International news platform, CNN, in a recent report has revealed the reason why some people test positive to coronavirus even after COVID-19 vaccination.
According to health experts, although Pfizer and Moderna vaccines have been approved to combat COVID-19, they both do not provide complete and instant protection against the virus.
The US Centers for Disease Control and Prevention reported that the vaccine takes a few weeks for it to start building a strong immune system and as such, the virus could have been in the victim’s system before getting vaccinated.
The news platform cited an example of Democratic Representative, Stephen Lynch, of Massachusetts who tested positive even after he got his second dose of the Pfizer vaccine.
Speaking, Dr. Robert Salata, Director of University Hospitals Roe Green Center for Travel Medicine & Global Health in Cleveland, disclosed that Pfizer took 14 days to get to 52% completion at preventing the deadly virus.
The lead investigator for the Pfizer vaccine at his hospital further clarified that the vaccine is not 100% authentic so people can still test positive even after vaccination.
Some other experts spoke on the topic with Dr. William Schaffner, an Infectious Disease Specialist maintaining that his team is working on a clearer picture of the situation.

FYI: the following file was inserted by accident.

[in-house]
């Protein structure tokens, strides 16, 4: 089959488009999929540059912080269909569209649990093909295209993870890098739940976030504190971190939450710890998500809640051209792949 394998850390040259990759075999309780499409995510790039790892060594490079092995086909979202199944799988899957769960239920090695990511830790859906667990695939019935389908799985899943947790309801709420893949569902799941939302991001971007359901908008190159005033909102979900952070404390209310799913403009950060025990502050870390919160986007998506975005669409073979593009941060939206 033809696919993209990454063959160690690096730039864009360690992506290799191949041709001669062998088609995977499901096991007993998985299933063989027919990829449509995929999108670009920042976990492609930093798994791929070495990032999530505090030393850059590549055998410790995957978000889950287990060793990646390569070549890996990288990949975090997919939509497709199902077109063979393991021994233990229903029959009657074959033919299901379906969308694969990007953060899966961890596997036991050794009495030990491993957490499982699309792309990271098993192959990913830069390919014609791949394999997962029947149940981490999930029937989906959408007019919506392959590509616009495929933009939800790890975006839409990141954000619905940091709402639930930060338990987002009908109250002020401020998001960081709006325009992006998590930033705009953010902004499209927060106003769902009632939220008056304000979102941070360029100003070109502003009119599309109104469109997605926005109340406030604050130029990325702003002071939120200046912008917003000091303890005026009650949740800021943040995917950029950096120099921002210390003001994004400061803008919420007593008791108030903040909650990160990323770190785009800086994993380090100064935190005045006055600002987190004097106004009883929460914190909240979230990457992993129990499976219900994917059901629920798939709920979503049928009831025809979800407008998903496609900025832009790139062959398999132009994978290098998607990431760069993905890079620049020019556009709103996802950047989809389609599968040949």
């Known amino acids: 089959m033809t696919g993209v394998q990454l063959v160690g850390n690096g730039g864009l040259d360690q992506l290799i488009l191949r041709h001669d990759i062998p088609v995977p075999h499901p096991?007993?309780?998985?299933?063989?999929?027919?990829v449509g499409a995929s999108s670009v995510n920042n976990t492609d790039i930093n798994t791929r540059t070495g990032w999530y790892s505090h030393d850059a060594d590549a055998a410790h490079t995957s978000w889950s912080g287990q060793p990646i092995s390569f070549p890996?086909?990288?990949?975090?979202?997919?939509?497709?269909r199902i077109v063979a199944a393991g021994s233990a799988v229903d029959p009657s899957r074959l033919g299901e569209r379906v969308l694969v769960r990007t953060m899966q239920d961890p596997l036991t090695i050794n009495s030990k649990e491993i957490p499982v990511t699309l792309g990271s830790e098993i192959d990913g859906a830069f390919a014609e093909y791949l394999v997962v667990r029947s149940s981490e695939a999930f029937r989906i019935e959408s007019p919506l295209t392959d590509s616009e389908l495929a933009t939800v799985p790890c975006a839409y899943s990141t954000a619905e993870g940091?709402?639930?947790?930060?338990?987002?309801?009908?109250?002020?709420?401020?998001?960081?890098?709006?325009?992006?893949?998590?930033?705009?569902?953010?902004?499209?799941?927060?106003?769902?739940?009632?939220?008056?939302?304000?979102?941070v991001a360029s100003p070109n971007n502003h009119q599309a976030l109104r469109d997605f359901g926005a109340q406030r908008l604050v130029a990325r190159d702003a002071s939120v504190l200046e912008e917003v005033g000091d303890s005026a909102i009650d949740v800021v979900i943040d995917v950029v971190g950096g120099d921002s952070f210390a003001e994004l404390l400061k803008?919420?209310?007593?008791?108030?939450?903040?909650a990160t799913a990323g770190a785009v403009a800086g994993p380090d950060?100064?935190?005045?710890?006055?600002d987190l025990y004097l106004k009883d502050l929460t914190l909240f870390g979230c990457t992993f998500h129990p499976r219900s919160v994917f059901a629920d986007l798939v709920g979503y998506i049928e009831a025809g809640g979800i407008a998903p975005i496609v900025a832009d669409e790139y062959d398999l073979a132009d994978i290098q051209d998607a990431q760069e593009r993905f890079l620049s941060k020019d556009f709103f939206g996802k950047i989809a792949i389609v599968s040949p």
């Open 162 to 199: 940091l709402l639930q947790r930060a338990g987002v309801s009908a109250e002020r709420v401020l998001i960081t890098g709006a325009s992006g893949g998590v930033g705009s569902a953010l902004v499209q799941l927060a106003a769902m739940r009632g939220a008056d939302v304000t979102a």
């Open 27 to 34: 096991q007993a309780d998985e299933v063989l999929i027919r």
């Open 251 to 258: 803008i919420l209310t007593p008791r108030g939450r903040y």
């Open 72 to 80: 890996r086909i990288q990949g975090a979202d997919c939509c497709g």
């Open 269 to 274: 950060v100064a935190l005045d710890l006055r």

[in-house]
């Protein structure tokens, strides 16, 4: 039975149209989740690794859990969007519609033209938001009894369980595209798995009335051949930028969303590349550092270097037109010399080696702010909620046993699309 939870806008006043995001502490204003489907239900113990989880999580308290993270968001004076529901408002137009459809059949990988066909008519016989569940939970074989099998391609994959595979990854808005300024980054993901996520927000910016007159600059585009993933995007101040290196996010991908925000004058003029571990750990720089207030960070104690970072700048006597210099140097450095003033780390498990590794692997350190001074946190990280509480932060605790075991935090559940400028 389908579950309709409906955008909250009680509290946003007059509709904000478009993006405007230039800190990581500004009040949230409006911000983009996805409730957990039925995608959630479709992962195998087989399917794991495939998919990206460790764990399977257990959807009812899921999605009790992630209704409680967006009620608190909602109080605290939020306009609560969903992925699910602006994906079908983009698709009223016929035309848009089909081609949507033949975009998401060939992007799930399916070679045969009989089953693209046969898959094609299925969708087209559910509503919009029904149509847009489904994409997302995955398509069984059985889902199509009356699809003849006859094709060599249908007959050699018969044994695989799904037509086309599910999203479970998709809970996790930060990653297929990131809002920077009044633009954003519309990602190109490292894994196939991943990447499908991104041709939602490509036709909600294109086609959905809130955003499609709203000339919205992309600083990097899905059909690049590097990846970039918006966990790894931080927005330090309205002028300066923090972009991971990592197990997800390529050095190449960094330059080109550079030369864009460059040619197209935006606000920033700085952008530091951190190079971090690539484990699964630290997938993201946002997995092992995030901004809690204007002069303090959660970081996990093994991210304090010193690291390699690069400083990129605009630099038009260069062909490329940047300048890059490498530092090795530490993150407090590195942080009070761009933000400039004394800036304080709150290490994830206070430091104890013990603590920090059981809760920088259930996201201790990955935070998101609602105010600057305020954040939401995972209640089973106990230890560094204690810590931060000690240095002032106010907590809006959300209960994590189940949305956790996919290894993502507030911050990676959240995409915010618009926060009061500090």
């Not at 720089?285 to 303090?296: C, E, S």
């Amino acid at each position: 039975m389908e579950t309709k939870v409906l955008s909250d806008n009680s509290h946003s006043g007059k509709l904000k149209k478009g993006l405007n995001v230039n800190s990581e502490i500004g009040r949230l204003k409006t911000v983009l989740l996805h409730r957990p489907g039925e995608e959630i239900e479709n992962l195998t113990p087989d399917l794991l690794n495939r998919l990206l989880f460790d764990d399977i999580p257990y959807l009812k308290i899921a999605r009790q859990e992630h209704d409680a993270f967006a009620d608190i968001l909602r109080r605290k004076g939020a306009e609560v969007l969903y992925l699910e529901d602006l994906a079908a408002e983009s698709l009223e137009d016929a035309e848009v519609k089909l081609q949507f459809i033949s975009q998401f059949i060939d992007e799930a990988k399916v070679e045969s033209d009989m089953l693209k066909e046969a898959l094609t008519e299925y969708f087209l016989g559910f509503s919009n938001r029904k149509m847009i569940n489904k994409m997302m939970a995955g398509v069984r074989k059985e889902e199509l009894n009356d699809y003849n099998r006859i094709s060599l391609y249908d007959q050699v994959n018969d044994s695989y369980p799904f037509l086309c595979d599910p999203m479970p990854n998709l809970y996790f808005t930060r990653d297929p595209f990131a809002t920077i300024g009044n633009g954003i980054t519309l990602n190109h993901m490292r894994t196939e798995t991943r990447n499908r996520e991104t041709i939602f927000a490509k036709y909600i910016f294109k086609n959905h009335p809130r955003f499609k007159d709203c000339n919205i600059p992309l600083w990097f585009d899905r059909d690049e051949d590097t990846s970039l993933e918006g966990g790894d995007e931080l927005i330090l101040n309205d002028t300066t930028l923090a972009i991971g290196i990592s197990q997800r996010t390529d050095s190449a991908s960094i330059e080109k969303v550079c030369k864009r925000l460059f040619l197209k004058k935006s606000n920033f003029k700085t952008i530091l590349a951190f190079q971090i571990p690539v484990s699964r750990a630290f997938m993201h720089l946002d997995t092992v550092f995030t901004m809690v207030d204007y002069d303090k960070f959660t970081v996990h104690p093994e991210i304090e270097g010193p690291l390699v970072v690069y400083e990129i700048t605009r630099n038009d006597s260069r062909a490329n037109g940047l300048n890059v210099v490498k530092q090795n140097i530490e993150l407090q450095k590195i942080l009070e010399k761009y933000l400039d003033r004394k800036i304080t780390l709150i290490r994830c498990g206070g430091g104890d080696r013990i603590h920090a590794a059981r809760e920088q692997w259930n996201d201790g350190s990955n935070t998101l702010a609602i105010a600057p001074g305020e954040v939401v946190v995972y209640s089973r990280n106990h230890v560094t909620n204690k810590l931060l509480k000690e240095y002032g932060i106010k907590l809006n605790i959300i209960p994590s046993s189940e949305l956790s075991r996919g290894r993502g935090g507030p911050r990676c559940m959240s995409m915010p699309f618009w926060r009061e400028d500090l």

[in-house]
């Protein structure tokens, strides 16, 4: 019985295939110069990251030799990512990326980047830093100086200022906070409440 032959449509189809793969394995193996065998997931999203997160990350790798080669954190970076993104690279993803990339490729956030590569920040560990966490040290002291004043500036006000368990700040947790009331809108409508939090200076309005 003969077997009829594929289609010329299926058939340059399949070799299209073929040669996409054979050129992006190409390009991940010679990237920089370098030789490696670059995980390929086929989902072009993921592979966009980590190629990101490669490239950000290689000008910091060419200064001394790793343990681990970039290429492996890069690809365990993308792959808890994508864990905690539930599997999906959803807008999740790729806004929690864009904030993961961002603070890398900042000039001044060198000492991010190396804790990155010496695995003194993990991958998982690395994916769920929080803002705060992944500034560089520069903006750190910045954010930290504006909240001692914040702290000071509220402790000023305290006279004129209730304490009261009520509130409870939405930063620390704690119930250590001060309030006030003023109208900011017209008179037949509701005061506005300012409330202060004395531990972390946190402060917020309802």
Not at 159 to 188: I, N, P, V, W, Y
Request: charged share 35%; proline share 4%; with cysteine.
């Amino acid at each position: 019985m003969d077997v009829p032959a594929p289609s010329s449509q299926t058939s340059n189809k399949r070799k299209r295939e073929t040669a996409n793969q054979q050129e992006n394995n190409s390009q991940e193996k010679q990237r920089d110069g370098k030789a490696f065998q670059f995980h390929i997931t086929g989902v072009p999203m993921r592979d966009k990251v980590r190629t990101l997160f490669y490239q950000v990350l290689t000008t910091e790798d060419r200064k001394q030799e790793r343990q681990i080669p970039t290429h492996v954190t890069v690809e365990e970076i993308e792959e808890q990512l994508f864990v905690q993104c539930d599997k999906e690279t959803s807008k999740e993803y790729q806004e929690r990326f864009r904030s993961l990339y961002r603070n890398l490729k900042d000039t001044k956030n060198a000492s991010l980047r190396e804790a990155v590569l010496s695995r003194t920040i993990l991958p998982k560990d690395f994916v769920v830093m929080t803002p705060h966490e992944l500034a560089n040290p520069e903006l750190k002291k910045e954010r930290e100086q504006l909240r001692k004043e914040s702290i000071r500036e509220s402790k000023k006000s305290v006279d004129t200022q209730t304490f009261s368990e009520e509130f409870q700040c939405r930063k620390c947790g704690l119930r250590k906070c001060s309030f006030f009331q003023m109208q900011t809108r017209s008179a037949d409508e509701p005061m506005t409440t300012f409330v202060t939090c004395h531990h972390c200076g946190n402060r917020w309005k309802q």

He said, “The information is less clear whether the vaccines will prevent the virus from infecting us and we can remain without symptoms. That’s still under study.”
Also, Director, department of Pharmacology and Molecular Sciences, Johns Hopkins University, Namandje Bumpus, said, “As far as what we’ve seen, these vaccines are really game changing at preventing disease and even severity of disease.
“But focusing on the efficacy number doesn’t paint the whole picture, because you could still end up with Covid, but by all indications that appears that those cases are still really less severe than unvaccinated people and that’s really important.”
Study also indicates that asymptomatic patients can infect others even after getting vaccinated, urging people to still maintain the COVID-19 laid down protocols even after getting vaccinated.